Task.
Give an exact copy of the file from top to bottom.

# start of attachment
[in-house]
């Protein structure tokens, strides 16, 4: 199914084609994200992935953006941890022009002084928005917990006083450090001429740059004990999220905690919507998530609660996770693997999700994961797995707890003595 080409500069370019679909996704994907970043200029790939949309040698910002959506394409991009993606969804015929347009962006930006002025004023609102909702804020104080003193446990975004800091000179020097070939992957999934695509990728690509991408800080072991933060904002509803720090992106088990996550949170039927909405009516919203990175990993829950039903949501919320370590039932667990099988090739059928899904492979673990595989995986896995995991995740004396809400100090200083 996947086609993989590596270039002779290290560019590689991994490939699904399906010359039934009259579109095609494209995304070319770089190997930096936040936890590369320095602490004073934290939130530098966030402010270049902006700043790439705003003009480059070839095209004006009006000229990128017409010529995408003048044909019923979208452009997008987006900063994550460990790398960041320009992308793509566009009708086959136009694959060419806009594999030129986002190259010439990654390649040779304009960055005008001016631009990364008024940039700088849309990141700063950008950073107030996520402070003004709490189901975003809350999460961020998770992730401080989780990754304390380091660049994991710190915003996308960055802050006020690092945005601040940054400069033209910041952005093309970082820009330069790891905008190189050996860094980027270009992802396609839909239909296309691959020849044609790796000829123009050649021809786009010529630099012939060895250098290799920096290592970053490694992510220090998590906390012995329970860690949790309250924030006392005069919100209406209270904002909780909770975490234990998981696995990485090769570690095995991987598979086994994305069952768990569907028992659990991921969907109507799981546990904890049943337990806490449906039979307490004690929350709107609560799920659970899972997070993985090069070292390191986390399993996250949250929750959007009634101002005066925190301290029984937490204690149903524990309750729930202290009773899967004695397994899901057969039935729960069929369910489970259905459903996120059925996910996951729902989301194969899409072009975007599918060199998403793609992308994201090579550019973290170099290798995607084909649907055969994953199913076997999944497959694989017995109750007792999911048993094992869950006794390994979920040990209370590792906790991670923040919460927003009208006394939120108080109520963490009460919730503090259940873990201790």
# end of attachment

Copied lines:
[in-house]
């Protein structure tokens, strides 16, 4: 199914084609994200992935953006941890022009002084928005917990006083450090001429740059004990999220905690919507998530609660996770693997999700994961797995707890003595 080409500069370019679909996704994907970043200029790939949309040698910002959506394409991009993606969804015929347009962006930006002025004023609102909702804020104080003193446990975004800091000179020097070939992957999934695509990728690509991408800080072991933060904002509803720090992106088990996550949170039927909405009516919203990175990993829950039903949501919320370590039932667990099988090739059928899904492979673990595989995986896995995991995740004396809400100090200083 996947086609993989590596270039002779290290560019590689991994490939699904399906010359039934009259579109095609494209995304070319770089190997930096936040936890590369320095602490004073934290939130530098966030402010270049902006700043790439705003003009480059070839095209004006009006000229990128017409010529995408003048044909019923979208452009997008987006900063994550460990790398960041320009992308793509566009009708086959136009694959060419806009594999030129986002190259010439990654390649040779304009960055005008001016631009990364008024940039700088849309990141700063950008950073107030996520402070003004709490189901975003809350999460961020998770992730401080989780990754304390380091660049994991710190915003996308960055802050006020690092945005601040940054400069033209910041952005093309970082820009330069790891905008190189050996860094980027270009992802396609839909239909296309691959020849044609790796000829123009050649021809786009010529630099012939060895250098290799920096290592970053490694992510220090998590906390012995329970860690949790309250924030006392005069919100209406209270904002909780909770975490234990998981696995990485090769570690095995991987598979086994994305069952768990569907028992659990991921969907109507799981546990904890049943337990806490449906039979307490004690929350709107609560799920659970899972997070993985090069070292390191986390399993996250949250929750959007009634101002005066925190301290029984937490204690149903524990309750729930202290009773899967004695397994899901057969039935729960069929369910489970259905459903996120059925996910996951729902989301194969899409072009975007599918060199998403793609992308994201090579550019973290170099290798995607084909649907055969994953199913076997999944497959694989017995109750007792999911048993094992869950006794390994979920040990209370590792906790991670923040919460927003009208006394939120108080109520963490009460919730503090259940873990201790």